Rabbi Meir Orlean
Mr. Cohen and Mr. Mann owned a large storage complex, C&M Storage. This past year, they had inaugurated a freezer warehouse; major food manufacturers and distributors became clients of their storage space. In the freezer sat a wide range of frozen food, including chametz.
As Pesach approached, Mr. Cohen wondered what to do about the chametz in the freezer warehouse. He planned to sell his chametz, as he did every year, but had no control over his clients. Some of the clients who had stored chametz were Jewish, and some were not.
“What should we do about the chametz sitting in the freezer?” Mr. Cohen asked Mr. Mann.
“I suppose nothing,” Mr. Mann shrugged his shoulder. “It’s not our chametz; it’s not our problem.”
“But the chametz is on our property,” Mr. Cohen pointed out.
“So what?” replied Mr. Mann. “If a non-Jew walks into my house with his chametz, that’s not a problem!”
“What about the Jewish clients?” asked Mr. Cohen. “That’s a problem; they’re keeping their chametz in our warehouse!”
“I hope they sell their chametz,” replied Mr. Mann. “If not — it’s their issue, not ours. Anyway, you always include the C&M Storage facilities in your mechiras chametz form, so the warehouses are rented out; they’re not even our property for Pesach.”
“What you’re saying makes sense,” said Mr. Cohen. “I have to go to Rabbi Dayan this week for mechiras chametz, though. I’ve discussed with him a number of issues relating to the business, so I’ll ask him this, too.”
When Mr. Cohen came to sell his chametz, he told Rabbi Dayan: “I have a new twist this year. Food manufacturers are storing chametz in the new freezer warehouse. Does that pose any issue? Can I include that chametz in my sale?”
“A Jew who is responsible as a guardian of chametz, whether of a fellow Jew or a non-Jew, violates the prohibition of possessing chametz (bal yeira’eh ubal yematzei),” replied Rabbi Dayan. “Some say only a paid guardian (shomer sachar), while others say even an unpaid guardian (shomer chinam) is violating it. Since you rent out the storage space and are liable for the contents, you are a shomer sachar, and must certainly dispose of this chametz or sell it! Otherwise it becomes prohibited, as other chametz she’avar alav haPesach” (O.C. 440:1, 4).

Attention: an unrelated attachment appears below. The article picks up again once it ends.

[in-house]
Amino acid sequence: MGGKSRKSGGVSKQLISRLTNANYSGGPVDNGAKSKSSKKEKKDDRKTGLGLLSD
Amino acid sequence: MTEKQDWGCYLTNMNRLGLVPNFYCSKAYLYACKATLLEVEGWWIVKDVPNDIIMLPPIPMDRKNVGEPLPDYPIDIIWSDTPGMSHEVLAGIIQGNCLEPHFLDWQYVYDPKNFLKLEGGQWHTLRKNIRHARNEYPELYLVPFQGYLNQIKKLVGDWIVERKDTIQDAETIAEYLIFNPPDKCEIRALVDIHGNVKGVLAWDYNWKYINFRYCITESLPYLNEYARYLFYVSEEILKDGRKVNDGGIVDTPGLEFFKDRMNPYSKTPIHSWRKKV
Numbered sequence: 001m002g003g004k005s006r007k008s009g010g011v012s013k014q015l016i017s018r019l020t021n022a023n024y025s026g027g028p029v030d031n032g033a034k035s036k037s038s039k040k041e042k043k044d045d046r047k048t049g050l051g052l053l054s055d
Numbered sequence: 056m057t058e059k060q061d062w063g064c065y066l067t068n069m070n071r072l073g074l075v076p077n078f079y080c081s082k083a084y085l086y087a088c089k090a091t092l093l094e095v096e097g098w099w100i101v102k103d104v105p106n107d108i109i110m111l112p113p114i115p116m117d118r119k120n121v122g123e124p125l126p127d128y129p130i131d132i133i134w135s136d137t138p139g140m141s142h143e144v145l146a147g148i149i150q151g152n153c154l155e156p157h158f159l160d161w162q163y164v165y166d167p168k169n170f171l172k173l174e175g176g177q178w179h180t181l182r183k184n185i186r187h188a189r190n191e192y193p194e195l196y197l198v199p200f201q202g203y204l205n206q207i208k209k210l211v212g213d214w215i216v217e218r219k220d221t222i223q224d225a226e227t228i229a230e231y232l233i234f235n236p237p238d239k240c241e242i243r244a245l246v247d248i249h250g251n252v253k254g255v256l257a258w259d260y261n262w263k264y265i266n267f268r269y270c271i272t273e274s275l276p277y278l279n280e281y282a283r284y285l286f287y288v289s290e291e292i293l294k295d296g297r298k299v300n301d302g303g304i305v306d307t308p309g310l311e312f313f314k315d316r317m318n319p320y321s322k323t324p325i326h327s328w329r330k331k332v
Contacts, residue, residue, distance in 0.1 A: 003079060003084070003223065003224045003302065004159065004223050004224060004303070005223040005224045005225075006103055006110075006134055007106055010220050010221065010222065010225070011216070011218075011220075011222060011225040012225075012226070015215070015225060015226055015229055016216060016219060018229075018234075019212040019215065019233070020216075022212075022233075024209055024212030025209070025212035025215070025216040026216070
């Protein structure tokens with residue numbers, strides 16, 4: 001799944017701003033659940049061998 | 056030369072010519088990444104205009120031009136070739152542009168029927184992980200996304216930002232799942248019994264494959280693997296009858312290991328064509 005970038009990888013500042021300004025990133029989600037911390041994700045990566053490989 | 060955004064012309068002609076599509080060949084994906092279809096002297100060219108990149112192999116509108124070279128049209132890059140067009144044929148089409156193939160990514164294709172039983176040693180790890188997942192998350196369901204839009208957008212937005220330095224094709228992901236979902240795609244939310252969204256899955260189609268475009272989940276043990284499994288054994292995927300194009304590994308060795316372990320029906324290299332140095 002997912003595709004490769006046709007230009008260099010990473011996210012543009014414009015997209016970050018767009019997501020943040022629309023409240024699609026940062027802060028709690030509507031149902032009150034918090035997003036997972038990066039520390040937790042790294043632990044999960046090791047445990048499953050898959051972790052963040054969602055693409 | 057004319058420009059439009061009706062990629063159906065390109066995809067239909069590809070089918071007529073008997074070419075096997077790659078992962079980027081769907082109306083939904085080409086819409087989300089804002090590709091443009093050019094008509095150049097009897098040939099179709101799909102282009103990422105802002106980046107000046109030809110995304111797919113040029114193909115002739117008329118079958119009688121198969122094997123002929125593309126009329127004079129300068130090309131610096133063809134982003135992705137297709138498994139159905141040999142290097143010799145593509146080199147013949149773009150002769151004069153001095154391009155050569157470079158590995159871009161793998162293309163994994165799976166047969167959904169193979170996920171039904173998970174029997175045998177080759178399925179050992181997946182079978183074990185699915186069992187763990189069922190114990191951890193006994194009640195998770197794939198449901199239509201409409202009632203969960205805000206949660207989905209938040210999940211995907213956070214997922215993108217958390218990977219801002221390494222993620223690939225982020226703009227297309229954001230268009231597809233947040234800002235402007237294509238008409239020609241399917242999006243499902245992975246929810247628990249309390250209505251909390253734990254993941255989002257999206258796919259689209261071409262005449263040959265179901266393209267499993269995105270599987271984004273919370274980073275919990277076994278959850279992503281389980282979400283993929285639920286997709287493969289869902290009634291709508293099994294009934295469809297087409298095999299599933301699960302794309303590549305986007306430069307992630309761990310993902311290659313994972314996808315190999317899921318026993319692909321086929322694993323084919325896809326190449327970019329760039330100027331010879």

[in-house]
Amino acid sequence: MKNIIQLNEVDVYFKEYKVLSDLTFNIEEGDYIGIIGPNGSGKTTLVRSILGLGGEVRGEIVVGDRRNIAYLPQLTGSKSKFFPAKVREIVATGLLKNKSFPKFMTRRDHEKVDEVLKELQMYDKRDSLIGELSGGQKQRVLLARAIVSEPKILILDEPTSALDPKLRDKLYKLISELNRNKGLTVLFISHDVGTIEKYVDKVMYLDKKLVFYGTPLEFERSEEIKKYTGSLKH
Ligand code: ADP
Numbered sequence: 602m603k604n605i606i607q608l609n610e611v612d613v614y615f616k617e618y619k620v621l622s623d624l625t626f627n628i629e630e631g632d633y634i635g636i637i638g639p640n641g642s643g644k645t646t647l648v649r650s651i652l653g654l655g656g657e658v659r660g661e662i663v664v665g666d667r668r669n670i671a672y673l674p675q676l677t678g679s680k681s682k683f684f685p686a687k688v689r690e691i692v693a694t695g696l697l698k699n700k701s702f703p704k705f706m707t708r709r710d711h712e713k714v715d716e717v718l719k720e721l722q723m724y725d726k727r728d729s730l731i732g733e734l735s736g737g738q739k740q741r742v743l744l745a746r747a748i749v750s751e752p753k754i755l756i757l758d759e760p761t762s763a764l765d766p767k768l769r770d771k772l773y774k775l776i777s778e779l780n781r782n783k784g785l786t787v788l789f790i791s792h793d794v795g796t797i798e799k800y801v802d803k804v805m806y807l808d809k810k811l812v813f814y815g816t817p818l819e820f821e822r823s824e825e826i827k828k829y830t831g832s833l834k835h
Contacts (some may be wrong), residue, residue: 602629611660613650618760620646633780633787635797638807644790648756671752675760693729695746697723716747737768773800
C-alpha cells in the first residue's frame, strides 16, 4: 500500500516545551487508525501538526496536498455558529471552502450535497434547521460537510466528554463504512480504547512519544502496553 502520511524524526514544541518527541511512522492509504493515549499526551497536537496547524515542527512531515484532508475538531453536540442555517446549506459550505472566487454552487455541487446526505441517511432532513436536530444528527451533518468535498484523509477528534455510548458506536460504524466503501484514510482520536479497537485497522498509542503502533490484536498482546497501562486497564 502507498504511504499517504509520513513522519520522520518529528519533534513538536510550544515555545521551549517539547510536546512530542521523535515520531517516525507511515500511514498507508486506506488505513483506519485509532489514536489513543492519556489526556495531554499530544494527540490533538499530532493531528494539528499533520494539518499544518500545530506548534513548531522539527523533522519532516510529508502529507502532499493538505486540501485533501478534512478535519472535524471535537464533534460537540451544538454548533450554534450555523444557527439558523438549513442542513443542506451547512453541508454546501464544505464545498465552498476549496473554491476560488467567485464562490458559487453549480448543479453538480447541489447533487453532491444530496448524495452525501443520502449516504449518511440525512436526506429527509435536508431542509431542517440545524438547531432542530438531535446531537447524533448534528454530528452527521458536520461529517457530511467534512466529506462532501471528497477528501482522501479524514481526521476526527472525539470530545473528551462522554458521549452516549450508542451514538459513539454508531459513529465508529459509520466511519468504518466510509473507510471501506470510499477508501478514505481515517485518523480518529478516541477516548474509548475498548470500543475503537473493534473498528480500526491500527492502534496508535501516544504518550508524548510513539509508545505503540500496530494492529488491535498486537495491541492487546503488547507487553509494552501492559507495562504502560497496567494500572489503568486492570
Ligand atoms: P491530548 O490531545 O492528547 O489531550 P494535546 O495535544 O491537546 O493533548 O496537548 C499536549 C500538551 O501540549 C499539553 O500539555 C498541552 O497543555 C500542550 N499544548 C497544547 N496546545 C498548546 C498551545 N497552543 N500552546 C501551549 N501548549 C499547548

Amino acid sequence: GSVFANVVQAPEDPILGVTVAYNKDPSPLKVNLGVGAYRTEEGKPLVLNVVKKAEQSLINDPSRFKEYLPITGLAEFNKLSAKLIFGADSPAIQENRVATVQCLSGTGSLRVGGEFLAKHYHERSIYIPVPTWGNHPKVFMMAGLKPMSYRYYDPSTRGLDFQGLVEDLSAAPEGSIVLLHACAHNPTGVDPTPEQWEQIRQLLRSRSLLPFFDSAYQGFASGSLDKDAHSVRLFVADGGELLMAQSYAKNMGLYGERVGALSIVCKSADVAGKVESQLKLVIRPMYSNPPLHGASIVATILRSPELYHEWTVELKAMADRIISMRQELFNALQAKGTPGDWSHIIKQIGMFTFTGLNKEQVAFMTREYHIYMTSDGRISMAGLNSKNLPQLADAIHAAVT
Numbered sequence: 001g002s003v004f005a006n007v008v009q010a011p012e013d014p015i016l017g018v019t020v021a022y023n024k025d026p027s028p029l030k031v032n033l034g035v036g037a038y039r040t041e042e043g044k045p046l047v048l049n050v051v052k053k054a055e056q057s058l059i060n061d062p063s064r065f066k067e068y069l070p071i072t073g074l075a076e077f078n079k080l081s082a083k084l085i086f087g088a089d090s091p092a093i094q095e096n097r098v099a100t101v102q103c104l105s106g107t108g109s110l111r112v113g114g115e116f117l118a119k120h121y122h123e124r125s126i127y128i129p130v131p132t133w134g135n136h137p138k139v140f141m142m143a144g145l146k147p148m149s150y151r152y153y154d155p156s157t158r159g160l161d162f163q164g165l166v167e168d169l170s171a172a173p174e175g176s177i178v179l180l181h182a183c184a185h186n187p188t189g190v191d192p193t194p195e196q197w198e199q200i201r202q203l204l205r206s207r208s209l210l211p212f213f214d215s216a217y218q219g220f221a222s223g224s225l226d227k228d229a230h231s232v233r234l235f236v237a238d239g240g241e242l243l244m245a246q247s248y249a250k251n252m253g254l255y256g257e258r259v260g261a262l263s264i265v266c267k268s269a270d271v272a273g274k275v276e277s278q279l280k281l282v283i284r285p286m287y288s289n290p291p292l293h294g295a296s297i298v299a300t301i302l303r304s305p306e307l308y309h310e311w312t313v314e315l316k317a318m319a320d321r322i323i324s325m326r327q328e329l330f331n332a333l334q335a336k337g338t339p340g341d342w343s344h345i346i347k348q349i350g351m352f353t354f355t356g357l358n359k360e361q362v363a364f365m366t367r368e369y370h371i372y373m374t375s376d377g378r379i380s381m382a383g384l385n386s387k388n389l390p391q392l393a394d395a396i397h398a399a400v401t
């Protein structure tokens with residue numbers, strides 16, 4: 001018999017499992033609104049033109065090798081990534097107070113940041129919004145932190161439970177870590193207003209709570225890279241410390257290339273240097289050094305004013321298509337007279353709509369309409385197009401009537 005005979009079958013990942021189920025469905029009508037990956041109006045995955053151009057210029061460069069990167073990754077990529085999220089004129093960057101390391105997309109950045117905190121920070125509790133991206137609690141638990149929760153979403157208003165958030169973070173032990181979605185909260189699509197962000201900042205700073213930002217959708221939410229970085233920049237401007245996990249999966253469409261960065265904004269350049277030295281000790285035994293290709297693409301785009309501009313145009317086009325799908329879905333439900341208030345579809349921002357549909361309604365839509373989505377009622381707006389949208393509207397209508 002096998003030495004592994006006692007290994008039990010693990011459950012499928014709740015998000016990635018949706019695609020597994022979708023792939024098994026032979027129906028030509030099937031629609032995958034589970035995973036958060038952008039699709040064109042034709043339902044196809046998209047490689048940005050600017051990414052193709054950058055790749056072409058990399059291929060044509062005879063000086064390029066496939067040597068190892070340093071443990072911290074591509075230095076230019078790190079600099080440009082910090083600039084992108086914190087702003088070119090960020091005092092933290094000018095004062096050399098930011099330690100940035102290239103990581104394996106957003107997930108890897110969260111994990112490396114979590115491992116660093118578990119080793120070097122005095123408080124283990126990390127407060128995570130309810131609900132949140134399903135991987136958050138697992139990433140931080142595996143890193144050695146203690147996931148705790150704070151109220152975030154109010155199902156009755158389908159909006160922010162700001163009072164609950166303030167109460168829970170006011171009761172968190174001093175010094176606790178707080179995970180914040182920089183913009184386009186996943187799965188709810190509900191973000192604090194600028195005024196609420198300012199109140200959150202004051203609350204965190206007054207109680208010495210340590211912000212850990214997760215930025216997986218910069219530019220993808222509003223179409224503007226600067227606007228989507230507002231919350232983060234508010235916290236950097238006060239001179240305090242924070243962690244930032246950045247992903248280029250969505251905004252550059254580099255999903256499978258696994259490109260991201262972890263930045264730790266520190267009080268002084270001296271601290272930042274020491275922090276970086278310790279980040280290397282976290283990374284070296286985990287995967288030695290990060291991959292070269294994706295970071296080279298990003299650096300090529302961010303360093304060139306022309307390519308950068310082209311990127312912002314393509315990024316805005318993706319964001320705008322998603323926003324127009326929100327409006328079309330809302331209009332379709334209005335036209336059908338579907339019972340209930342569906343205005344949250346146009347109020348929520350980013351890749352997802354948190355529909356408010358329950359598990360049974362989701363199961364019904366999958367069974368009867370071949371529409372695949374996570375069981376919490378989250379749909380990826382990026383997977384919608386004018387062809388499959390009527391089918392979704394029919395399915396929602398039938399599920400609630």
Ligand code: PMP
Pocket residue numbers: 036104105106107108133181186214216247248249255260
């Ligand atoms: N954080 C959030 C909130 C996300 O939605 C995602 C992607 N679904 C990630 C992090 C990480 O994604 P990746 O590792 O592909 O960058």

“How can I sell what is not mine, though?” asked Mr. Cohen.
“The Gemara (B.M. 38a; Pesachim 13a) teaches that the guardian of produce that is spoiling rapidly should sell it before it becomes a total loss, based on hashavas aveidah,” explained Rabbi Dayan. “This is part of his responsibility as a guardian. The same is true for chametz, so that it should not become prohibited” (C.M. 292:17; Pischei Teshuvah 292:8; O.C. 443:2; Mishnah Berurah 443:11; Pischei Choshen, Pikadon 2:34).
“What about chametz of a non-Jew?” asked Mr. Cohen. “He has no issue with Pesach; it’s only my issue, because I am responsible as a guardian.”
“Indeed, Pri Megadim cites Shaagas Aryeh (#73) that you cannot sell chametz of a non-Jew for which you accepted responsibility,” answered Rabbi Dayan. “However, others disagree and maintain that you can sell it” (Eishel Avraham 441:4; Taz, O.C. 440:1; Mishnah Berurah 440:4).
“How does that work?” asked Mr. Cohen.
“Shulchan Aruch Harav (O.C. 440:16) explains that disposing of a non-Jew’s property with intention to pay him is not considered theft, especially if it was handed to you willingly,” answered Rabbi Dayan. “Harav Moshe Sternbuch further suggests that since the Torah holds you responsible for the non-Jew’s chametz in this case, it is included in your mitzvah of tashbisu (ridding oneself of chametz). Thus, the Jew is allowed to destroy or sell it. This is especially true according to the practice of many Rabbanim to sell the chametz in the fifth hour, when there is already a requirement of tashbisu” (Moadim Uzmanim 4:271).